Album Review – U2′s ‘Songs of Innocence’

The iTunes banner featuring info on 'Songs of Innocence.' (Apple)

The iTunes banner featuring info on ‘Songs of Innocence.’ (Apple)

I had become rather impatient.

No Line on the Horizon came out in 2009. That was the last brand new, official U2 release. Now, the band did tour behind the album extensively into 2011, so it was really only three years of “inactivity.” Turnover in album production, especially for a band like U2, can take some time. However, when one of your favorite bands is taking a particularly long amount of time, patience does indeed become a virtue.

We were teased in the winter with two songs – “Ordinary People” for a soundtrack at the end of 2013, and “Invisible” on Super Bowl Sunday — both of which were quite good. The band tossed and turned between “making an announcement in 2014″ and “not being ready until 2015.” It’s been a painful year to be a U2 fan.

It all paid off today. A decade after Bono was silhouetted on top of colorful backgrounds advertising new iPods to the “newest” U2 single “Vertigo,” the band returned to the forefront of Apple promotion. After performing a new song titled “The Miracle (of Joey Ramone),” Bono revealed that U2′s newest album would be given to every iTunes subscriber for free. Read the rest of this entry »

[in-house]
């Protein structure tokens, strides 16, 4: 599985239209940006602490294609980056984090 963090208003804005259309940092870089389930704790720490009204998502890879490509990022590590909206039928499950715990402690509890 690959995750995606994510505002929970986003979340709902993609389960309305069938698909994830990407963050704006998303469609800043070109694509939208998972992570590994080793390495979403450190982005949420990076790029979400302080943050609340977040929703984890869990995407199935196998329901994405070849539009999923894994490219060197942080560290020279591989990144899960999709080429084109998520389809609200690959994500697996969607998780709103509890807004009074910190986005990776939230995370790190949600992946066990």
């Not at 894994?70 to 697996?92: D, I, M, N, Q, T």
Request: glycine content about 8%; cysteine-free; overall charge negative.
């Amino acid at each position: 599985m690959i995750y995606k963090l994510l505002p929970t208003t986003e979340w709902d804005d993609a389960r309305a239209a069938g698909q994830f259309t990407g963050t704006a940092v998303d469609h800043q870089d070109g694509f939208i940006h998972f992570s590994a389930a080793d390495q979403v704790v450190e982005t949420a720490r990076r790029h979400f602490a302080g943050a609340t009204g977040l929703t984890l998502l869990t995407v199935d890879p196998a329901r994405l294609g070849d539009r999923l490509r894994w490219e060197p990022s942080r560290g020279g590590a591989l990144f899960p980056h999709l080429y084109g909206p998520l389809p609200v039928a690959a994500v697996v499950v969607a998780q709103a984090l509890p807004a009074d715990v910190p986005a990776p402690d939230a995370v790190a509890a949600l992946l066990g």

Happy Anniversary to Rush’s “Signals”

Promo image from 'Signals.' (Wallpaper provided by Rush Korea)

Promo image from ‘Signals.’ (Wallpaper provided by Rush Korea)

How do you follow up your most commercially and critically acclaimed album?

Rush found themselves facing that very question when they began recording the follow-up to Moving Pictures from the previous year. I have yet to discover a “perfect” album in the classic rock lexicon, but there have been a select few “near-perfect” releases over time: Fleetwood Mac’s RumoursLed Zeppelin IV, and Genesis’ Selling England by the Pound are the first few that come to mind.

Moving Pictures falls under that very same category. Its entire first side is brilliant, and side two comes isn’t far behind in quality. “Tom Sawyer” and “Limelight” kept them on pop and rock radio, while “YYZ” earned them a Grammy nomination. It was the band’s eighth studio album, but the one that really brought them into the conversation.

Ever-indifferent towards public perception and fame, Rush made the key decision to avoid replicating Moving Pictures and instead ran forward to continue refining their overall sound. The result was 1982′s diverse and colorful Signals. Read the rest of this entry »